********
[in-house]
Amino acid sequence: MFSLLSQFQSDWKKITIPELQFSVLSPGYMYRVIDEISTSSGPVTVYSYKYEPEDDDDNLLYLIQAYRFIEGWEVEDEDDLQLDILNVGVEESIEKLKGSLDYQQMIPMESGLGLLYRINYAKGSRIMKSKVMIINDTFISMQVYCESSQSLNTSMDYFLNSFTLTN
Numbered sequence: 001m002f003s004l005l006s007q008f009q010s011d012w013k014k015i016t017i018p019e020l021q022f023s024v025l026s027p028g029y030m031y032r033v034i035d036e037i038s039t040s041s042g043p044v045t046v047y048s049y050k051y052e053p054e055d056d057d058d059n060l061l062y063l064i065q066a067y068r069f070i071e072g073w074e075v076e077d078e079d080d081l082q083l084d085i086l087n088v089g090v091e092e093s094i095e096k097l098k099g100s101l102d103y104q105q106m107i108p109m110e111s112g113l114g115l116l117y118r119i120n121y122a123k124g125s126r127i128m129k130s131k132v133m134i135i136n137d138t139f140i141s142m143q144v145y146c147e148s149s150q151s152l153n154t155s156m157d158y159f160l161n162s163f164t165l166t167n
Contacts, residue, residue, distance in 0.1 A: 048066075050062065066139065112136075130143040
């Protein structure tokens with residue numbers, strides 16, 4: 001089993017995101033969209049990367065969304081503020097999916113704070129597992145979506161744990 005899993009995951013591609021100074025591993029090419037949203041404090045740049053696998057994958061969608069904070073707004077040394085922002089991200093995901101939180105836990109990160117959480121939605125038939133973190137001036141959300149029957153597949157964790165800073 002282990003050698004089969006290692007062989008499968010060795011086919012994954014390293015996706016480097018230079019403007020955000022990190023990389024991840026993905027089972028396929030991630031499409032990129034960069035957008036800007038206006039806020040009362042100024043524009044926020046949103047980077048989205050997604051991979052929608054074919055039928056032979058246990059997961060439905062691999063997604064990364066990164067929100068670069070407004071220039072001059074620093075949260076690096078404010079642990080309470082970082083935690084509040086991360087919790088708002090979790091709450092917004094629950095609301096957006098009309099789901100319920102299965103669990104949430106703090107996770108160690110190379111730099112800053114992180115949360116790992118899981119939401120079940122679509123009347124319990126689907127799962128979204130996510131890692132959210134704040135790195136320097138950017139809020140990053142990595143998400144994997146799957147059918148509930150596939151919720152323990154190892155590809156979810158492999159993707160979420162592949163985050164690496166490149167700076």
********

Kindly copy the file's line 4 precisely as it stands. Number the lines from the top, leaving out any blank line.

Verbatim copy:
Contacts, residue, residue, distance in 0.1 A: 048066075050062065066139065112136075130143040